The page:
The 2015 wildfire season in Washington State was the largest in state history, claiming the lives of three U.S. Forest Service firefighters, injuring dozens, destroying over 300 homes, and scorching over 1.1 million acres. Widespread evacuations of homes, businesses, and healthcare facilities were necessary. In addition, supply chains of life-saving medications and healthcare services were disrupted due to road closures across multiple counties. To make the situation worse, hazardous air quality conditions existed for several weeks across one-third of the state and WIC services, critical to the health of children and new mothers, were disrupted due to widespread power outages and road closures.
As flames bellowed, the Washington State Department of Health quickly implemented emergency capabilities built with funding from the Hospital Preparedness Program (HPP) and the Public Health Emergency Preparedness (PHEP) program to mitigate the potentially harmful effects on public health, behavioral health, and the healthcare sector. This critical infrastructure enabled the Washington State Department of Health, local health departments, and tribal governments to:
support healthcare facilities in maintaining critical operations while evacuating patients;
continue critical WIC services by developing contingency plans to provide services directly from the state level to recipients; and
distribute HEPA air filters to public shelters and critical community facilities such as 911 centers and emergency operation centers to sustain operations.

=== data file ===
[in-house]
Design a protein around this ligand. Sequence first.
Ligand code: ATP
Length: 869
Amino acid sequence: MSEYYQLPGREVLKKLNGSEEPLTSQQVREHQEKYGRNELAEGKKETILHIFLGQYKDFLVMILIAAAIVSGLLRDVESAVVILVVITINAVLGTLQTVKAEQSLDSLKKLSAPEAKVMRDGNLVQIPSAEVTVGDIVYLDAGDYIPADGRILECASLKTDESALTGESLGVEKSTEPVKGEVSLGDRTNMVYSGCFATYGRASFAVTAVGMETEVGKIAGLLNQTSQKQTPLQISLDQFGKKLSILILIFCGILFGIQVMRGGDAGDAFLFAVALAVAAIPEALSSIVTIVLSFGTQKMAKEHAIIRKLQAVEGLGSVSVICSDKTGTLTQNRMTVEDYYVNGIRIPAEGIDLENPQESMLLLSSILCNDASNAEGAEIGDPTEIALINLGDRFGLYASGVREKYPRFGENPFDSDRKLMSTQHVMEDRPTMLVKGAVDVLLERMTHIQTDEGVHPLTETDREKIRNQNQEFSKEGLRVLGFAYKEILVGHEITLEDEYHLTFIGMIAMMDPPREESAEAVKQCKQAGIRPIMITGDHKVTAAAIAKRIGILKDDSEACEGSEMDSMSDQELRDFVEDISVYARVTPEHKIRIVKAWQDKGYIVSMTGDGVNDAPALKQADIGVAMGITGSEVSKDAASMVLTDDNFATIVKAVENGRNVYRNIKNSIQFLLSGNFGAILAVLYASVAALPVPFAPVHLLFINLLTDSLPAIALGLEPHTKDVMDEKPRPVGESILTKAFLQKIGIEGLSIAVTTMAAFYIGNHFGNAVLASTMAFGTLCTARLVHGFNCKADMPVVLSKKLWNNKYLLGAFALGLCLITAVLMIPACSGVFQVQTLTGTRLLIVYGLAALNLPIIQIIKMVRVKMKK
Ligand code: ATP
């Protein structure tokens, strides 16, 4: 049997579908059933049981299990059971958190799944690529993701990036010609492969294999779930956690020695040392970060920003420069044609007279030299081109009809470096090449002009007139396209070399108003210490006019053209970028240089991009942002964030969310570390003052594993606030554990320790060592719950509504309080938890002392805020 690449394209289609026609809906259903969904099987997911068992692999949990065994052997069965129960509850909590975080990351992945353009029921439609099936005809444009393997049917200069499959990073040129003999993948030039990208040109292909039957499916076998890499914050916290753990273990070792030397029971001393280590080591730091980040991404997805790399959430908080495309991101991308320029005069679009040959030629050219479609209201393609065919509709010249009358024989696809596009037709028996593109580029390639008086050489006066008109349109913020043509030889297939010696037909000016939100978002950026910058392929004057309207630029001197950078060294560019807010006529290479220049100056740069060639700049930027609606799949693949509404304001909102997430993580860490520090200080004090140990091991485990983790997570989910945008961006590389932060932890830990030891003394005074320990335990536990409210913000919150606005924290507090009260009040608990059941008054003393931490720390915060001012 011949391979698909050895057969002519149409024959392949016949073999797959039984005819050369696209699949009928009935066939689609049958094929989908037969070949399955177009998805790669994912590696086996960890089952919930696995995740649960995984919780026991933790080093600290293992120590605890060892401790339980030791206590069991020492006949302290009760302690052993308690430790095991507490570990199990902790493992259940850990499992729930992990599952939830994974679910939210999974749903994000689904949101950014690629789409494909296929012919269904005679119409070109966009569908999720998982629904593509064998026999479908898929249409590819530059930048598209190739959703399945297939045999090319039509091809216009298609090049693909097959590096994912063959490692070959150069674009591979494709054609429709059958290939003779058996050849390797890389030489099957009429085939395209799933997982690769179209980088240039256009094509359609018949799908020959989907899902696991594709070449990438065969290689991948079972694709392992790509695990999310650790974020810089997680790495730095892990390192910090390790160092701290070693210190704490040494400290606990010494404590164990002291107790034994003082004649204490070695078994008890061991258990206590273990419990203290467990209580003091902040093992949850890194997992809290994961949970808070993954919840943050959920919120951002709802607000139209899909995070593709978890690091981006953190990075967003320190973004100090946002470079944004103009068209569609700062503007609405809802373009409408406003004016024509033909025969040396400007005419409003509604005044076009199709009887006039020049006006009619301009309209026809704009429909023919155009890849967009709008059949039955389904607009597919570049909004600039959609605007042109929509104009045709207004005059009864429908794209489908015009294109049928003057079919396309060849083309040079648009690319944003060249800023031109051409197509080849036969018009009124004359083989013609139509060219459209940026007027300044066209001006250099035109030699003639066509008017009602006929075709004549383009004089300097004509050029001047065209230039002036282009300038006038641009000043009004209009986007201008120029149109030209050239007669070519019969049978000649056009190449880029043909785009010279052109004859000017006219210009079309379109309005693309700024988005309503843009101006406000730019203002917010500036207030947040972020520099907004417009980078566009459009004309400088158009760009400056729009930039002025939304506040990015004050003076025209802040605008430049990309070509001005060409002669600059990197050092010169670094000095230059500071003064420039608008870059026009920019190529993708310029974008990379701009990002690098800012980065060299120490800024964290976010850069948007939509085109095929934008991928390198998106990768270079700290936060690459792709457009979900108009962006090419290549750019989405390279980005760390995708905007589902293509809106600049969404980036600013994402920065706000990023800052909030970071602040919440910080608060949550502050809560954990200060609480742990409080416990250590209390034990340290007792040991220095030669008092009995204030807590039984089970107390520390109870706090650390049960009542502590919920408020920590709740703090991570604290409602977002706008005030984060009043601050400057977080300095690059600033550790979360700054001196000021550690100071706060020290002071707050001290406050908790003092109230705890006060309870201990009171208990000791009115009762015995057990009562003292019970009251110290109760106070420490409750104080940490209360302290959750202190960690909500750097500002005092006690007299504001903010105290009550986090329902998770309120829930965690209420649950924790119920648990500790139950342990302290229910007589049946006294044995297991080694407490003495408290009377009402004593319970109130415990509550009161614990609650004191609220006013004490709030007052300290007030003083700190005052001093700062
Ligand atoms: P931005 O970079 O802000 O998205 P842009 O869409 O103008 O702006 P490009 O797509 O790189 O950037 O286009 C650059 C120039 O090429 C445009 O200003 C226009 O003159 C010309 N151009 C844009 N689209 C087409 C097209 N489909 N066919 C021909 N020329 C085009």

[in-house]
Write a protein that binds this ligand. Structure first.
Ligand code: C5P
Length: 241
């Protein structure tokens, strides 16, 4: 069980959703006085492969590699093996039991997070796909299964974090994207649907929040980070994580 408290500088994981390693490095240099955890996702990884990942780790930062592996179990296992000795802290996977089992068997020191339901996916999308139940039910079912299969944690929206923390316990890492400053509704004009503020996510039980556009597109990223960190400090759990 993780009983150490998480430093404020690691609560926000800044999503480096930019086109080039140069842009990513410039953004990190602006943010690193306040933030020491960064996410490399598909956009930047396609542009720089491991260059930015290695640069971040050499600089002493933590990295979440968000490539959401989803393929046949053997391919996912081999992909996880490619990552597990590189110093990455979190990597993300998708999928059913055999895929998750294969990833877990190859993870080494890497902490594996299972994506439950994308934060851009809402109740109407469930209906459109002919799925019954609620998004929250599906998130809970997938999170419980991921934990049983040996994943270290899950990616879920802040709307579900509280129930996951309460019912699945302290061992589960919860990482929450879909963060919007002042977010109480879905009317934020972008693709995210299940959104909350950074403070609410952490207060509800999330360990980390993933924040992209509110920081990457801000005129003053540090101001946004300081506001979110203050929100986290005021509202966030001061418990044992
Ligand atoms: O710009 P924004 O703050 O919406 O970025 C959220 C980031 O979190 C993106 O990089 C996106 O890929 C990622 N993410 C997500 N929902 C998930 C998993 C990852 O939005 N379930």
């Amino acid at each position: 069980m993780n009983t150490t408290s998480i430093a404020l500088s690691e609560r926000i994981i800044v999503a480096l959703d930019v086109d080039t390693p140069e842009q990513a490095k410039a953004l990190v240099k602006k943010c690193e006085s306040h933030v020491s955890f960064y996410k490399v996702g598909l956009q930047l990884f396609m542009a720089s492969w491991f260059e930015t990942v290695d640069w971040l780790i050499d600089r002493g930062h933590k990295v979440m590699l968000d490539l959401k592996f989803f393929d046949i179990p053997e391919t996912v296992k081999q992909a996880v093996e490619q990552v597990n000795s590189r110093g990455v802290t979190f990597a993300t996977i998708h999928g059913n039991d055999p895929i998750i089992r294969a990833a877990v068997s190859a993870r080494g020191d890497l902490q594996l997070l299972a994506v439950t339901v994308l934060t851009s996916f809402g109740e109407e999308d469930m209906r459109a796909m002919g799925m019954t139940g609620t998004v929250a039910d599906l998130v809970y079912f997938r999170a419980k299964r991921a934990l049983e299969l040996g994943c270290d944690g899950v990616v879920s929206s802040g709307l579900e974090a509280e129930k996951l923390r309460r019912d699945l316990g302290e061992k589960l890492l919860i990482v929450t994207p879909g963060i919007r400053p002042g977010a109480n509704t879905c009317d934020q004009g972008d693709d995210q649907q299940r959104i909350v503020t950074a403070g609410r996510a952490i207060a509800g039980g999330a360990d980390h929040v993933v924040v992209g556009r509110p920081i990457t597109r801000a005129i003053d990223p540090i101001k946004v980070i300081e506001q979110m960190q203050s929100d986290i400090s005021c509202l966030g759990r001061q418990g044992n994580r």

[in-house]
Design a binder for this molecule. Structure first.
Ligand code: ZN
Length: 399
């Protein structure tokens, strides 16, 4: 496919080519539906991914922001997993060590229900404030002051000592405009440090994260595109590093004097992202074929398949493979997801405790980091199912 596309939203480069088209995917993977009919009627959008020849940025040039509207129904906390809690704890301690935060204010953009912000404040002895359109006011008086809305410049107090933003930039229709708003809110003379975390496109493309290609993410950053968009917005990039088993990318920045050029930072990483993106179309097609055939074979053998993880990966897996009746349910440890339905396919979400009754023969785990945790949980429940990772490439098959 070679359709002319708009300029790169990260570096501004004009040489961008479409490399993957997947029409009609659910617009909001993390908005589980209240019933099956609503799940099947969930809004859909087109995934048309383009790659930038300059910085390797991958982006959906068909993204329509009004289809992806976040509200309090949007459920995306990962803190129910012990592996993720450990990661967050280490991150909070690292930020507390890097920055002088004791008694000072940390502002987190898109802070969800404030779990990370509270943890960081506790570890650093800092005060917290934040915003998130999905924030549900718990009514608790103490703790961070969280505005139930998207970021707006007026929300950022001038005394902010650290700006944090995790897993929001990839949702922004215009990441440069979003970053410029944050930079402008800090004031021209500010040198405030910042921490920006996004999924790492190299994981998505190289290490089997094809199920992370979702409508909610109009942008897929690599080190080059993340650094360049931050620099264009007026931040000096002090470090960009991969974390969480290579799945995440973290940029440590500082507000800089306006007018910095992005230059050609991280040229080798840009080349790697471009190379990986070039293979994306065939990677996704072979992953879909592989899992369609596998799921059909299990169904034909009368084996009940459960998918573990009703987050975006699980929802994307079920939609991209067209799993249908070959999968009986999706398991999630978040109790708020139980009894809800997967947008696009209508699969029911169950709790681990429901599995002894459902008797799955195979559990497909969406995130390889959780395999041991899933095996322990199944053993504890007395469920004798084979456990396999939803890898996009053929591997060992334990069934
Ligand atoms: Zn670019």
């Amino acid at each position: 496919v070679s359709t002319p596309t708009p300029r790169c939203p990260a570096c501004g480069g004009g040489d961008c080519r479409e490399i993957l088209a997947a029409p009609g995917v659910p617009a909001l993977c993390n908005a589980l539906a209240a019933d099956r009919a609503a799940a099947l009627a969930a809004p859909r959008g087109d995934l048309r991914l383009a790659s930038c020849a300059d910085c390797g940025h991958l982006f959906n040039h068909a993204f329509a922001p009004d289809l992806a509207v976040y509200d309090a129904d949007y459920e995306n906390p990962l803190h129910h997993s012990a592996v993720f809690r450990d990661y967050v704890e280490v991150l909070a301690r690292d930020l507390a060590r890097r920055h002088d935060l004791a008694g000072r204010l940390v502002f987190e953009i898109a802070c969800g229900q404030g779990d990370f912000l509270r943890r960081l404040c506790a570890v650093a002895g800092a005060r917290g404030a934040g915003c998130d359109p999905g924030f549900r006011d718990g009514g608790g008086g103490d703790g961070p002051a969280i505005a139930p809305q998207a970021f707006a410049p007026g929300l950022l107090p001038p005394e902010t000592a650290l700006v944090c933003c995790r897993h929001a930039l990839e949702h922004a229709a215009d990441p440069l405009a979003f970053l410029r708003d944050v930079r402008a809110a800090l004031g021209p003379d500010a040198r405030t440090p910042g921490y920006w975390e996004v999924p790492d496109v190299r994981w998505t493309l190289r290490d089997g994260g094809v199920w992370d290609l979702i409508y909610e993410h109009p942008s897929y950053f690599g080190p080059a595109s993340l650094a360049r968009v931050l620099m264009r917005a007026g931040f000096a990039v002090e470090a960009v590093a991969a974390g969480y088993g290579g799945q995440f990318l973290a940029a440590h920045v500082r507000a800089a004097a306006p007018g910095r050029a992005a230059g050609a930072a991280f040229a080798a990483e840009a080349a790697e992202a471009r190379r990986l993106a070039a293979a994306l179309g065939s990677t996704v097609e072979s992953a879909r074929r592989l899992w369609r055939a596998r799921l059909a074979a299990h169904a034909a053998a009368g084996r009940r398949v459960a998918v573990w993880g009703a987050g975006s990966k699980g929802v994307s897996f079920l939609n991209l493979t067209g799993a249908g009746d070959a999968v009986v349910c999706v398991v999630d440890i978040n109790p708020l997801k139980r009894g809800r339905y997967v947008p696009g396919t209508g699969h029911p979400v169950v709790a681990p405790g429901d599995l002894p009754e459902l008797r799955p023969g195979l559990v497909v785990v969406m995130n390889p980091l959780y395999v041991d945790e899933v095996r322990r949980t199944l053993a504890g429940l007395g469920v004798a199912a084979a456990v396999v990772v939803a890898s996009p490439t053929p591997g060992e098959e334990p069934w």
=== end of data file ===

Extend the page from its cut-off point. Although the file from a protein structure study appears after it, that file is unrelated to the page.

At the height of the wildfire response, a mass care shelter was established for families who had evacuated their homes to escape approaching fires. Many adults and children in the shelter suffered from asthma exacerbated by the hazardous air quality conditions, and needed medication and nebulizers to breathe. The fires closed pharmacies and blocked roads. The mass care shelter was cut off from all road access, and medical supplies were running out. The situation was urgent.
Over the next four hours, the Washington State Department of Health coordinated with the Washington State Pharmacy Association and two healthcare systems to donate medications and supplies. The Washington State Patrol flew medications over the fires, landing near the shelter to ensure the life-saving medications were delivered.
The PHEP and HPP programs helped build critical partnerships, develop response capabilities, and train hundreds of people necessary to respond during this crisis and save lives. Without the infrastructure built by these programs, the mass care shelter, WIC services, and the continuation of healthcare services would not have been possible.